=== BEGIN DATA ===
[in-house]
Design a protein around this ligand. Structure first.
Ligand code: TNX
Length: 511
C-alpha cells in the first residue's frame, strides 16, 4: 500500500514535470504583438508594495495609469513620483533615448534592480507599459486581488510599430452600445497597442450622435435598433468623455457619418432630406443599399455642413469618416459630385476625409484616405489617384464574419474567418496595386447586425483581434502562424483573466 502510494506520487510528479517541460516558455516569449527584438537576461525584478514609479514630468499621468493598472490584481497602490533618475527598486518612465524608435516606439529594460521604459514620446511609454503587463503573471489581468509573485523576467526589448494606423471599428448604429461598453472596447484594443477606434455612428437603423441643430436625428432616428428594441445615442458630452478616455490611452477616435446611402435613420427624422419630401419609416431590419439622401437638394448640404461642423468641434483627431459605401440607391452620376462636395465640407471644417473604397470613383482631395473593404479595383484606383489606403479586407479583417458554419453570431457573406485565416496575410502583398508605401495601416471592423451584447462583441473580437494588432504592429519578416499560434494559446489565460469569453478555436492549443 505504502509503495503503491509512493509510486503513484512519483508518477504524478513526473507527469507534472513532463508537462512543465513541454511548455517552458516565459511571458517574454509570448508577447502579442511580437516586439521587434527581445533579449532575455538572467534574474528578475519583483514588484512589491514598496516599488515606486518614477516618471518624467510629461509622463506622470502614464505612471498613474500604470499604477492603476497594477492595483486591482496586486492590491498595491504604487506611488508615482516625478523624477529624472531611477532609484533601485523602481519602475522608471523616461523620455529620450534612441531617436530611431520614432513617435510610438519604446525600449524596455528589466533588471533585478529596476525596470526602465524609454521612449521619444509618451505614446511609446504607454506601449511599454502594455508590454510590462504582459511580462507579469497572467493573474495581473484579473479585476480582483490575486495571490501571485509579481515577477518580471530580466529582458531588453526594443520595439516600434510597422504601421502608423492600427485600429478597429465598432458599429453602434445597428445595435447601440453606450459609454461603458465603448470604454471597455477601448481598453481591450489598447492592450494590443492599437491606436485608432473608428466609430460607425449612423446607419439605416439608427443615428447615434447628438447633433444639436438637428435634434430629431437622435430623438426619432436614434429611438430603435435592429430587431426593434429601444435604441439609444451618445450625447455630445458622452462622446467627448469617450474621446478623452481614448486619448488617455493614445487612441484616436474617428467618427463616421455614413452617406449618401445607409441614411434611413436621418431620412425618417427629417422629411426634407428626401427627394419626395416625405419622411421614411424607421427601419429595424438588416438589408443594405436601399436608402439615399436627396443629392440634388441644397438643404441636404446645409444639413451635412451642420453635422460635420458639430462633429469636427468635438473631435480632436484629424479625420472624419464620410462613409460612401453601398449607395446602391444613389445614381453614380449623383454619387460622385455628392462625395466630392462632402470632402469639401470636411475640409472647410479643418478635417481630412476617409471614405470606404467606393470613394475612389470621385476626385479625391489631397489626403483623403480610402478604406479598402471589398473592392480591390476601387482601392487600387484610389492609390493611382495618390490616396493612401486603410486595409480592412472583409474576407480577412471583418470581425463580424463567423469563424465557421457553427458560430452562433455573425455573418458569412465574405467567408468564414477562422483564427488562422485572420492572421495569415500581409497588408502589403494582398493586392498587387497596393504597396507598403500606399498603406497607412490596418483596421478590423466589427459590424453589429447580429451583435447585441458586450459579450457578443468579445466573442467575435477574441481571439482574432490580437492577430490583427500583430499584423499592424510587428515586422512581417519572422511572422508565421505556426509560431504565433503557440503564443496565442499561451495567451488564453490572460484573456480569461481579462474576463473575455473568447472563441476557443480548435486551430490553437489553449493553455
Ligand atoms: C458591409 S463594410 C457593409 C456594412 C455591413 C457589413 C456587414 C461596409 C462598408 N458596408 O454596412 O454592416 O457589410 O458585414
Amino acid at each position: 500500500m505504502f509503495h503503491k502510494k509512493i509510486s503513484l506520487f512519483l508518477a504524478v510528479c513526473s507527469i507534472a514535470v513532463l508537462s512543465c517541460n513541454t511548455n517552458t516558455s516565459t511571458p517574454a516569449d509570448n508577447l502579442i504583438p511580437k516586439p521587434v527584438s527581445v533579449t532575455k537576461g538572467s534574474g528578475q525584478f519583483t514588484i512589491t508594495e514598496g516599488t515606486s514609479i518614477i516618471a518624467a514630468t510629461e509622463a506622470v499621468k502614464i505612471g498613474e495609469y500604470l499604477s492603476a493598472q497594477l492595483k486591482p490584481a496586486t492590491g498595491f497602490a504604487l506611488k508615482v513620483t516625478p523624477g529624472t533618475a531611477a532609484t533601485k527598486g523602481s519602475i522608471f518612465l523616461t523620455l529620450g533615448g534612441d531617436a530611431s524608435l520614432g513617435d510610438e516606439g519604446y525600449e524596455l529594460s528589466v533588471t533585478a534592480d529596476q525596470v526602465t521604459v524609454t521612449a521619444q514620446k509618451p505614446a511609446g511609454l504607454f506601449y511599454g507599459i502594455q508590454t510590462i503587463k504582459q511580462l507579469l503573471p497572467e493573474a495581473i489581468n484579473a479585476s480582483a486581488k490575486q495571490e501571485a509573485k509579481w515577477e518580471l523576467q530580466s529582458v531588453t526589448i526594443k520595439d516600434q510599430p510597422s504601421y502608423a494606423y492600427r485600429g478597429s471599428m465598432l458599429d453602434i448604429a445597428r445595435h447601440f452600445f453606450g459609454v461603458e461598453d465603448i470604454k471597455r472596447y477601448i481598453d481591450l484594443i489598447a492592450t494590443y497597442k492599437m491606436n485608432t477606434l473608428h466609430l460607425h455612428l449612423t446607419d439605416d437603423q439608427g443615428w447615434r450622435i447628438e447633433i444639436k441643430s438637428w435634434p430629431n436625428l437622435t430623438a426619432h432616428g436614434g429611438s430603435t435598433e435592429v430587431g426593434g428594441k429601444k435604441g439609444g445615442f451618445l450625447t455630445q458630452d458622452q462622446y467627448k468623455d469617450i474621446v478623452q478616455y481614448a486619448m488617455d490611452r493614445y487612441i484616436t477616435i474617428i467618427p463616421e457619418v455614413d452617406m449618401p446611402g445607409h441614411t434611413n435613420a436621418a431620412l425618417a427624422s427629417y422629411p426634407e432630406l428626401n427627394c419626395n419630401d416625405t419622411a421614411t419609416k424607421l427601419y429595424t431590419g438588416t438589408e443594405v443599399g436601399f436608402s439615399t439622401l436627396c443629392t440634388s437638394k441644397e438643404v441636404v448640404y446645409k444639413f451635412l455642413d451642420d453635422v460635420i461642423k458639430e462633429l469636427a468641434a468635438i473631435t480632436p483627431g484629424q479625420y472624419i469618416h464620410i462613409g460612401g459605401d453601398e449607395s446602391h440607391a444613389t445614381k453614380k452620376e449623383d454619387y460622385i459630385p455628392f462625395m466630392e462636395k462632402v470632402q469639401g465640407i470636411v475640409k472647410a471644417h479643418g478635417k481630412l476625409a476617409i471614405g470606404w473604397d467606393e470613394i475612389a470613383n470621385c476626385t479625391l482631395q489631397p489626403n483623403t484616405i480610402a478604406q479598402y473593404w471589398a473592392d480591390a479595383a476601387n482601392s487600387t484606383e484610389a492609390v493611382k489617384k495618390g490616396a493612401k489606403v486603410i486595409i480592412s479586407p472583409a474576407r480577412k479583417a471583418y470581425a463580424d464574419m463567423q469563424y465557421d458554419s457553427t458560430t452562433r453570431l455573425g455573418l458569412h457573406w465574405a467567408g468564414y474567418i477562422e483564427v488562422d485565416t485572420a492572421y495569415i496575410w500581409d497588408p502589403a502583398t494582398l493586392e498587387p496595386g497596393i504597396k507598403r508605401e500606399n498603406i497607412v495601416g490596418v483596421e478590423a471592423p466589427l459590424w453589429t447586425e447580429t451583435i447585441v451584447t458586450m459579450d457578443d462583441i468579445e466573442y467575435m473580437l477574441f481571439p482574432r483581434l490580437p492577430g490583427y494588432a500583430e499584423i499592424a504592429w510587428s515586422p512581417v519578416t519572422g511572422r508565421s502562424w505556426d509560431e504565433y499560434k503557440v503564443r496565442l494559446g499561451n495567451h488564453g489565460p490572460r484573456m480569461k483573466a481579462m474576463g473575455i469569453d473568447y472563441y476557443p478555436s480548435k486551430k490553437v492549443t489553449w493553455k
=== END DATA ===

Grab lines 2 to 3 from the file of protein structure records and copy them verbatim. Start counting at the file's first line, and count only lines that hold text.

Design a protein around this ligand. Structure first.
Ligand code: TNX